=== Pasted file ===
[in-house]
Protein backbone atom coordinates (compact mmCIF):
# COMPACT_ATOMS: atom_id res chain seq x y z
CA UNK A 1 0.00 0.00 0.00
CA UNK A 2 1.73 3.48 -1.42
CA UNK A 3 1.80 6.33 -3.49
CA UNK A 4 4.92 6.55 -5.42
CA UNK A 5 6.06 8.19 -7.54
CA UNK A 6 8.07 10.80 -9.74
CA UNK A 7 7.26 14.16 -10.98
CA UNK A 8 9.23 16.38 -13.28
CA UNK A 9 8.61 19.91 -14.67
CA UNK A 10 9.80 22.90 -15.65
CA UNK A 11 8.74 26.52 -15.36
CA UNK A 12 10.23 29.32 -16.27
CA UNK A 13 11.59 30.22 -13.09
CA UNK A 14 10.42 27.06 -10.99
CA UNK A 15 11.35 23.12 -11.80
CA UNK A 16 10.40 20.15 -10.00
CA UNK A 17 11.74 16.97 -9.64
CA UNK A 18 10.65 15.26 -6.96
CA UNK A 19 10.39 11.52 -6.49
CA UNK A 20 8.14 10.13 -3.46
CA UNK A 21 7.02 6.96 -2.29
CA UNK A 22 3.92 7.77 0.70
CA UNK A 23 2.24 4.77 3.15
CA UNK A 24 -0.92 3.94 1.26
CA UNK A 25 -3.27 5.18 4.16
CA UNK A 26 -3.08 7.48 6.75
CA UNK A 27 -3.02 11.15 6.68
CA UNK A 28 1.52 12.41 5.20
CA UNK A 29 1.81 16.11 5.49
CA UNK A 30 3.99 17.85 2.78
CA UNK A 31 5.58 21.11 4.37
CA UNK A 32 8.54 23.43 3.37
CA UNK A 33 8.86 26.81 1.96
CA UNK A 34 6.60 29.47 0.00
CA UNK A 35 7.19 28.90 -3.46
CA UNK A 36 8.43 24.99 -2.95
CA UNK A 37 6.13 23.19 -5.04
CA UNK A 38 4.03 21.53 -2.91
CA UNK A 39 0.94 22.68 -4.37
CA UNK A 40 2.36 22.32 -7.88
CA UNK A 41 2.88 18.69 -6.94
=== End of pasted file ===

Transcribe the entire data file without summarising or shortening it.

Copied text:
[in-house]
Protein backbone atom coordinates (compact mmCIF):
# COMPACT_ATOMS: atom_id res chain seq x y z
CA UNK A 1 0.00 0.00 0.00
CA UNK A 2 1.73 3.48 -1.42
CA UNK A 3 1.80 6.33 -3.49
CA UNK A 4 4.92 6.55 -5.42
CA UNK A 5 6.06 8.19 -7.54
CA UNK A 6 8.07 10.80 -9.74
CA UNK A 7 7.26 14.16 -10.98
CA UNK A 8 9.23 16.38 -13.28
CA UNK A 9 8.61 19.91 -14.67
CA UNK A 10 9.80 22.90 -15.65
CA UNK A 11 8.74 26.52 -15.36
CA UNK A 12 10.23 29.32 -16.27
CA UNK A 13 11.59 30.22 -13.09
CA UNK A 14 10.42 27.06 -10.99
CA UNK A 15 11.35 23.12 -11.80
CA UNK A 16 10.40 20.15 -10.00
CA UNK A 17 11.74 16.97 -9.64
CA UNK A 18 10.65 15.26 -6.96
CA UNK A 19 10.39 11.52 -6.49
CA UNK A 20 8.14 10.13 -3.46
CA UNK A 21 7.02 6.96 -2.29
CA UNK A 22 3.92 7.77 0.70
CA UNK A 23 2.24 4.77 3.15
CA UNK A 24 -0.92 3.94 1.26
CA UNK A 25 -3.27 5.18 4.16
CA UNK A 26 -3.08 7.48 6.75
CA UNK A 27 -3.02 11.15 6.68
CA UNK A 28 1.52 12.41 5.20
CA UNK A 29 1.81 16.11 5.49
CA UNK A 30 3.99 17.85 2.78
CA UNK A 31 5.58 21.11 4.37
CA UNK A 32 8.54 23.43 3.37
CA UNK A 33 8.86 26.81 1.96
CA UNK A 34 6.60 29.47 0.00
CA UNK A 35 7.19 28.90 -3.46
CA UNK A 36 8.43 24.99 -2.95
CA UNK A 37 6.13 23.19 -5.04
CA UNK A 38 4.03 21.53 -2.91
CA UNK A 39 0.94 22.68 -4.37
CA UNK A 40 2.36 22.32 -7.88
CA UNK A 41 2.88 18.69 -6.94